The Nanotechnology Clean Water Initiative is dedicated “to the deployment of nanotechnology to solve water stress problems and to provide development of novel technologies that address water stress.”Israel’s nanotechnology program got a significant boost recently, with the first meeting of …
The one-day forum took place at the Weizmann Institute in Rehovot, and included researchers from Weizmann, the Technion, Bar-Ilan University, Ben-Gurion University and the Hebrew University, executives from Luna Innovations of Virginia, from the Canadian NanoBusiness Alliance and European consulting firm Cientifica, as well as from the Andreas Agricultural Development Trust, an arm of the Peres Center for Peace.
From all reports, the Forum was a success, igniting practical interest among all its participants, and moving one step closer to Peres’ vision of Israel as a world leader in nanoscience-based clean water technologies.
“Our primary objective now is to develop the roadmap,” Sagman reported in a telephone conversation this month from his home in Canada. “Part of that process is meeting with all the individual groups in a determined way to develop a plan, support, funding and interaction with industry.”
Sagman has spearheaded the project, whose stated intention is to dedicate experts and resources “to the deployment of nanotechnology to solve water stress problems and to provide development of novel technologies that address water stress.”
A noted physician, scientist and entrepreneur, Sagman is Executive Director of the Canadian NanoBusiness Alliance and is also President and co-founder of CSixty, a company that is pioneering the development of organic fullerenes for use in biopharmaceutical applications.
Sagman announced formation of the Nanotechnology Clean Water Initiative in November, during an appearance at the World Nano-Economic Congress in London.
Pohoryles, Director of the Andreas Agricultural Development Trust and a key project organizer, was also encouraged by the inaugural meeting and the progress made so far. “We’ve created an inter-university framework with an emphasis on each university’s specialization in nanotechnology,” Pohoryles reports.
It is hoped that the Water Initiative will result in practical new knowledge that can reduce the cost of water desalination and purification. To begin, the current participants have focused on research projects that can improve existing processes (for example, conventional reverse osmosis), but also intend to strike out in search of new processes.
The preliminary plan, used as the basis for discussion at the inaugural forum, proposes a joint research program comprised of five separate tracks and 17 projects, conducted by some 20 researchers Israeli institutions. The initial cost for the program was set at just over US $5 million for its first three years.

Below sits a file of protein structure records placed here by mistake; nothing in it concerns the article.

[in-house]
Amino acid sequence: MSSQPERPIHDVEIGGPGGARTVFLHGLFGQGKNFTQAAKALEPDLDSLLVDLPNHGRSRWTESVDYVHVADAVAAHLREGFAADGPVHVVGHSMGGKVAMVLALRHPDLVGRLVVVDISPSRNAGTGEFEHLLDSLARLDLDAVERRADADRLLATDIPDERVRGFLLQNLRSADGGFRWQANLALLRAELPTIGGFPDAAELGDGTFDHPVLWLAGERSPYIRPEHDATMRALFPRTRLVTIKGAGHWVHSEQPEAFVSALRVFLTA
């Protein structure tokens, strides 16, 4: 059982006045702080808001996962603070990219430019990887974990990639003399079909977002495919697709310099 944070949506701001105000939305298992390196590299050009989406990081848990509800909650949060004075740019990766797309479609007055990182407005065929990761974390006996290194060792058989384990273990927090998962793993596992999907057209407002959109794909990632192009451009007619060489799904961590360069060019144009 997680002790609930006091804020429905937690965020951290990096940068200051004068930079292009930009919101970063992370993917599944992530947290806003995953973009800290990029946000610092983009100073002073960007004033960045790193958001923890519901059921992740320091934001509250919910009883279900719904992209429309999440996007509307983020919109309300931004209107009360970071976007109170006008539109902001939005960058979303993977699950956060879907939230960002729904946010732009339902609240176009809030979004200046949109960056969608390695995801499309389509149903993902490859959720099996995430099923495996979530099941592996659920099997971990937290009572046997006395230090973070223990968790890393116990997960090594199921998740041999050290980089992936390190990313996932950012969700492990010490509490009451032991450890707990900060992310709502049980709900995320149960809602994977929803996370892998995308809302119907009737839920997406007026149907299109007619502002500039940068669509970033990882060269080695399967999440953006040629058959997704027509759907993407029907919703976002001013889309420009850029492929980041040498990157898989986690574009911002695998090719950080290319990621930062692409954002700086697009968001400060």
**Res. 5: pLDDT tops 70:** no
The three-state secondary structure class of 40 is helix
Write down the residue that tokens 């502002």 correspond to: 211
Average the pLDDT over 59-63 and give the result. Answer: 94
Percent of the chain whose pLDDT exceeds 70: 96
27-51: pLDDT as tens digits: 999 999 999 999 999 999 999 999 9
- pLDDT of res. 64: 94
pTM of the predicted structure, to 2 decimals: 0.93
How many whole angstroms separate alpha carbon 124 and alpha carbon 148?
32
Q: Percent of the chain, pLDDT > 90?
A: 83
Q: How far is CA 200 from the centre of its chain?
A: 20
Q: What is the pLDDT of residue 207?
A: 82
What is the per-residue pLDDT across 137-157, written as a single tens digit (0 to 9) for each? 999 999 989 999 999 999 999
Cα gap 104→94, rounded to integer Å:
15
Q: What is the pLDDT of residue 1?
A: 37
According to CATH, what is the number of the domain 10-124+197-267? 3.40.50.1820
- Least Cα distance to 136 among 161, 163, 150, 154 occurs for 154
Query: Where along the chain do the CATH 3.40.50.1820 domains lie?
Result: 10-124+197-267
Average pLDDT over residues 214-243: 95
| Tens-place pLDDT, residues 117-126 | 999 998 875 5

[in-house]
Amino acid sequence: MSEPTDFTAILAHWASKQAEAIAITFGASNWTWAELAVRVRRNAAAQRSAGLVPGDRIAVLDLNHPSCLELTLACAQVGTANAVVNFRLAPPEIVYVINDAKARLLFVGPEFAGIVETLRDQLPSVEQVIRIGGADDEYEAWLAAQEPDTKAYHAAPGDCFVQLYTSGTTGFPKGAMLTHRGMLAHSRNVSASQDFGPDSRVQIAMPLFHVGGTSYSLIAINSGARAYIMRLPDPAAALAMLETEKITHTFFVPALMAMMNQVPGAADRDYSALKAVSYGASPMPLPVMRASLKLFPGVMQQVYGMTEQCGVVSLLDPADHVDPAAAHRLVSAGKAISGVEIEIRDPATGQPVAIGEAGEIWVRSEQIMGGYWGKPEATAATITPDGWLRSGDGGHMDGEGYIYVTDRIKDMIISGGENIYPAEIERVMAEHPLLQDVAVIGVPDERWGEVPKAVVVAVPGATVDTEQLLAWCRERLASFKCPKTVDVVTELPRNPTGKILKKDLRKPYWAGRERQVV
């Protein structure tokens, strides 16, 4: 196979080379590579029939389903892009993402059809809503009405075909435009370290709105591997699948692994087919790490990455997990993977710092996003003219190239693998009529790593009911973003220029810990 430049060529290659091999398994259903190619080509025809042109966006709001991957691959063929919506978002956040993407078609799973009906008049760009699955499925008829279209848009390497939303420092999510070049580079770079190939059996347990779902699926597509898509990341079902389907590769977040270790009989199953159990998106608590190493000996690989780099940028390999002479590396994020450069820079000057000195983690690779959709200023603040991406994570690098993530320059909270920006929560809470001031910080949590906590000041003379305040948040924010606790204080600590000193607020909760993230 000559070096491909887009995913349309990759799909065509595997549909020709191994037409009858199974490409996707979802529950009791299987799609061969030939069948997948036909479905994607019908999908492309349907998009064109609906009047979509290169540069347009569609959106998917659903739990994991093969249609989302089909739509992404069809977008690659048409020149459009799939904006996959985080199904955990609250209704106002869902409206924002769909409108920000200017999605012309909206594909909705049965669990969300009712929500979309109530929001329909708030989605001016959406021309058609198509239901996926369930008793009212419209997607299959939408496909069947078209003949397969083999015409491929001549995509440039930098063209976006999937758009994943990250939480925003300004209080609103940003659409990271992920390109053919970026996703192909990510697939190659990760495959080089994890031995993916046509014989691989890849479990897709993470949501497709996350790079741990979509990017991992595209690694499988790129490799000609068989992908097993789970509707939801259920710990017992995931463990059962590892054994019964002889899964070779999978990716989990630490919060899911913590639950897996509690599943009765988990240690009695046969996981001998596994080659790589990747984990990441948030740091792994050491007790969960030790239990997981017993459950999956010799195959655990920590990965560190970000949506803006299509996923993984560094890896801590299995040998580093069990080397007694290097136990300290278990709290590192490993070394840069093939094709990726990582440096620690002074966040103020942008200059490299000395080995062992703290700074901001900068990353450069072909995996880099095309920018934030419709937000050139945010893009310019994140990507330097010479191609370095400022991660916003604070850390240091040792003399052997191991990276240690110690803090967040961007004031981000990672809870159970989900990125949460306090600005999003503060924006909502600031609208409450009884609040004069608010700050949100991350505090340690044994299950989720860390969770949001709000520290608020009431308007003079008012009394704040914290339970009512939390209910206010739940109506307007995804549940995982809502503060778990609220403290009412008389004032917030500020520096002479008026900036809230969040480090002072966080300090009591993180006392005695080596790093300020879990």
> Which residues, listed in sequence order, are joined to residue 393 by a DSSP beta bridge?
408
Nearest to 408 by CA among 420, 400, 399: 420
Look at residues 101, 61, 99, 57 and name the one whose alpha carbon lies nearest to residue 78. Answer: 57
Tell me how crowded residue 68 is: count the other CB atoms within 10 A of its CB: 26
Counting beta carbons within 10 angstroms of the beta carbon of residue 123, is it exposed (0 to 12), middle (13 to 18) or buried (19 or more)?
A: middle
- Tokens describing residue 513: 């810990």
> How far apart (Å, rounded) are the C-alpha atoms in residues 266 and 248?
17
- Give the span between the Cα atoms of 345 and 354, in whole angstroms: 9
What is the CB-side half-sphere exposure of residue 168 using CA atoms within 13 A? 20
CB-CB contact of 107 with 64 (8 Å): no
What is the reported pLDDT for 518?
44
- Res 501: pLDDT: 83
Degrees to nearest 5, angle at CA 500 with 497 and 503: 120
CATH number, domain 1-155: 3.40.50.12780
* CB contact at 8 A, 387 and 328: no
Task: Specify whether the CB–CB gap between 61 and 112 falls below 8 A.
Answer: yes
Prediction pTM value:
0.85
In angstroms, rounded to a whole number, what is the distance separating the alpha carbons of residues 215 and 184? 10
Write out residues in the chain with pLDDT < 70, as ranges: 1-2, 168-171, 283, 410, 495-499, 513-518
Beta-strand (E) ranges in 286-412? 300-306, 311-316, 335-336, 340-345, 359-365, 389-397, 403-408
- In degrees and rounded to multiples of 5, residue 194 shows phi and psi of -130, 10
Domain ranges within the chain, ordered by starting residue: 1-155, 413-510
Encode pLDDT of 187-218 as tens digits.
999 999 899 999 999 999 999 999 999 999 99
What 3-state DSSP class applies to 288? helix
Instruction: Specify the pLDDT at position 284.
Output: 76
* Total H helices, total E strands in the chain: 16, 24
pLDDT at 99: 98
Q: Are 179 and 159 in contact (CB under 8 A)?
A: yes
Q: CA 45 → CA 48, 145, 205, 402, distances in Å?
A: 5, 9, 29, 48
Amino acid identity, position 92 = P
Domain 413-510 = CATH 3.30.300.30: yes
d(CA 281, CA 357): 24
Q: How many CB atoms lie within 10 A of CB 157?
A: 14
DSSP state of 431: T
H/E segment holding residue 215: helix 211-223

In particular, the participants envision nanotechnology as a powerful toolset that will enable creation of:
** nanoscale filtration membranes to allow increased recovery in existing systems;
** environmentally-friendly, in situ methods for reduction of groundwater pollution by organic as well as inorganic elements;
** nanosized materials to improve the efficiency of photocatalytic and chemical processes underlying solar energy production, resulting in higher heat and pressure yields; and
** nano-biosensor development, enabling faster and more complete reporting on contaminants.
Another critical objective of the Initiative, according to Pohoryles, is to dramatically increase Israel’s available research capacity. Pohoryles believes that expanding the number of Israeli researchers devoted to water research will spawn solutions for generations to come.
The Initiative is also creating an opportunity to build, potentially, the largest joint research project ever undertaken in Israel. With participation of all major research institutions already in hand, organizers now need to fashion suitable methods for managing and applying the outpouring knowledge that will result.
One participant in the Initiative notes that the meeting has already generated follow-up activity among the Israeli institutions that would not have occurred otherwise.
“Water research is a very good thing to coalesce around,” he says. Among other benefits of a concerted research effort, he adds, are the broader relationships that result with industry, as well as incidental spin-off projects. “Look at what happened with Velcro, which was really just a small bi-product of the US space program.”
Certainly the commercial potential is one reason why Luna Innovations, Inc. – an innovative, multi-disciplinary industrial R&D house located in Virginia – has already joined the Initiative as an industrial partner. Luna brought four of its top scientists to Weizmann for the initial meeting, all of them involved in nanotechnology. According to Pohoryles and others, Luna will have first rights to commercialize any findings or applications resulting from the Initiative.
Both Pohoryles and Sagman acknowledge that other industrial sponsors are expressing interest in the Initiative, along with private funding organizations.
But all parties, organizers and research participants alike, exercise great caution when talking about the future of the Nanotechnology Clean Water Initiative. Though optimism certainly prevails, Sagman is advocating a quiet approach. “We want to make sure that we have a consensus before going forward,” he says.
(Reprinted with permission from
Nanotech Advantage Israel, a newsletter published by the Small Advantage consultancy to promote nanotechnology as a key industry enabler in Israel.)